|National Lampoon's Vacation|
|Written by Tara O'Shea|
|Tuesday, 19 August 2003|
Based on a John Hughes short story which ran in the famous National Lampoon magazine, "Vacation" follows the Griswold family (Chevy Chase, Beverly D'Angelo, with Anthony Michael Hall and Dana Barron originating the roles of Rusty and Audrey, and the late great Imogene Coca as Aunt Edna) as they drive from Chicago to the happiest place on Earth -- Wally World. From the very first scene--where SCTV alum Eugene Levy sells Clark (Chase) the wrong car; a station wagon that couldn't have more wood panelling if it were built out of your Irish-American grandfather's den -- everything that can go wrong does, to hilarious effect.
Spawning three sequels -- one funny ("Christmas Vacation"), two less so ("European Vacation", "Vegas Vacation") -- the first is arguably the best, due in large part to the fact that everyone who has ever taken a road trip with their family can relate to Clark's genuine desire to give his family everything on this vacation that he can't give them during the year, and failing miserably. A classic farce, Director Harold Ramis understands that this sort of comedy works best when played completely straight, and from start to finish, the film provides laughs aplenty. Particularly cringe-worthy (and not a scene which will endear the film to any pet owner, let alone animal activist) is the sequence where the family is stopped by a State Trooper after a night of camping because Clark had tied Aunt Edna's dog to the rear bumper and then completely forgotten about him. A subplot involving a young Christie Brinkley as a young woman in a Ferrari seducing family-man Clark is pure male-fantasy, and may cause ladies in the audience to roll their eyes, but it does provide laughs in the bleaker second half of the film.
This new edition provides a brand new, remastered transfer which is crisp and clean, although the color palette still seems slightly washed out at times, too red and yellow at others. However, it is still miles ahead of any version you might have seen previously--on video, DVD, or television, if not spectacular. The Wally World sequence stands out, with the cartoon palette of the theme park saturated and vibrant, as is the Monument Valley sequence, with the mountains immortalized by John Ford westerns rendered in subtle shades of pink and red. However, the film does at times show its age, even if the print is clean and defect-free.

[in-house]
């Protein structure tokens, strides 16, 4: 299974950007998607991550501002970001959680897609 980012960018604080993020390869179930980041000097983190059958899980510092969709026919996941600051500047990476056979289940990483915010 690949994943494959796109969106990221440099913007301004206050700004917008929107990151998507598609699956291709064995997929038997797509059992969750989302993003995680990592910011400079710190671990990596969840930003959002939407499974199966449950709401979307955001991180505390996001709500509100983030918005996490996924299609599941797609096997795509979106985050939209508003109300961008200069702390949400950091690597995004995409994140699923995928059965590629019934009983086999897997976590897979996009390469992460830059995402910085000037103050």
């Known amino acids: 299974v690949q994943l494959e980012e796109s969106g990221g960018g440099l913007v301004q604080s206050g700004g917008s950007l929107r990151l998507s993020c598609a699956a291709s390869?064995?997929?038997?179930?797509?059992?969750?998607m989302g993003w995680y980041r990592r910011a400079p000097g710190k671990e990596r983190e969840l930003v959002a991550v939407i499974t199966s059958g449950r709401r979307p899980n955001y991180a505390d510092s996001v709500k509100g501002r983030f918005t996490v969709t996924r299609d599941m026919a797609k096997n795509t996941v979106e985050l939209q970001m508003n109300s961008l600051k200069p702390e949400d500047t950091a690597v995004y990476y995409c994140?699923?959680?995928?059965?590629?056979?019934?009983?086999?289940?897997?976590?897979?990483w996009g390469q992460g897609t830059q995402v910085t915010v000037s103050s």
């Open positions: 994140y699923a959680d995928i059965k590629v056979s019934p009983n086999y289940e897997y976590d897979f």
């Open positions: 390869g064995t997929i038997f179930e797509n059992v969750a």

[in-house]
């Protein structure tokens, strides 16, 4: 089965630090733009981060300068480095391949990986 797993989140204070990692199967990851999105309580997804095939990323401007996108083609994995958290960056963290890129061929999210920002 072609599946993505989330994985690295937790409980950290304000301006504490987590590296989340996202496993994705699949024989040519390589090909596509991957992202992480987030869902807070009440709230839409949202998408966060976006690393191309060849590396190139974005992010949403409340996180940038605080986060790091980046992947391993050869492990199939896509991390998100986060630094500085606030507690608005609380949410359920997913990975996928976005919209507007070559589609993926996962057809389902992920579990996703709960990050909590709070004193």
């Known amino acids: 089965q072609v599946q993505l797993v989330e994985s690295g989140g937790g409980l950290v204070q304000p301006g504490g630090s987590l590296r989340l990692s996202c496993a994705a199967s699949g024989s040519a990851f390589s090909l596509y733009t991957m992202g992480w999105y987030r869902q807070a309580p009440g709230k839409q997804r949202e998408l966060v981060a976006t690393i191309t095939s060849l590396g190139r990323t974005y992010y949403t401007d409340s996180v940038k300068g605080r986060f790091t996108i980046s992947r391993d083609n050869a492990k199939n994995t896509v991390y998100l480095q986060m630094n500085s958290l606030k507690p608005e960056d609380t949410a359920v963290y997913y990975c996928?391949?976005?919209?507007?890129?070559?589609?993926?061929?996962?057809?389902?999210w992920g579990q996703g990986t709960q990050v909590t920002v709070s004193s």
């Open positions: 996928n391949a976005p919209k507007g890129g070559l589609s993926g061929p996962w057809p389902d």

The film's mono track is decent, but nothing to write home about. Dialogue is clear and easy to understand, and never overpowered by the film's soundtrack. However, due to the dialogue-heavy mix, it's not clear whether the film would really benefit from the full 5.1 treatment. Still, given the fact that this is a special edition, it would have been nice to see more of an effort put into the "special" features.
Likewise, in terms of supplemental features, one would have hoped a 20th Anniversary Special Edition might have included more special material. The new intro is lackluster and skippable --Chase, Randy Quaid and producer Matty Simmons basically thank you for purchasing the new disc -- and the "Family Truckster" feature is in effect a "clip show," as you use your remote control to click on various parts of the station wagon, and as a result are treated to clips from the film relating to each character.
The best extra on the disc is easily the group commentary track, dominated by Ramis and Chase (D'Angelo is oft-mentioned, but somewhat conspicuously absent). While some of the track is given over to nostalgia, it provides excellent anecdotes about filming, as well as the evolution of the script. Although Ramis discusses the original ending (which was much darker than the one finally used, which features an hilarious comic turn by the late John Candy as a Wally World security guard), the "alternate ending" is not included anywhere on the disc, a fact which will no doubt disappoint fans of the series. While the lack of deleted scenes is disappointing, the disc stands well on its own and will be a welcome addition to the home film library of Chevy Chase fans, as well as fans of Ramis’ other comedies ("Stripes," "Meatballs," "Groundhog Day," etc.).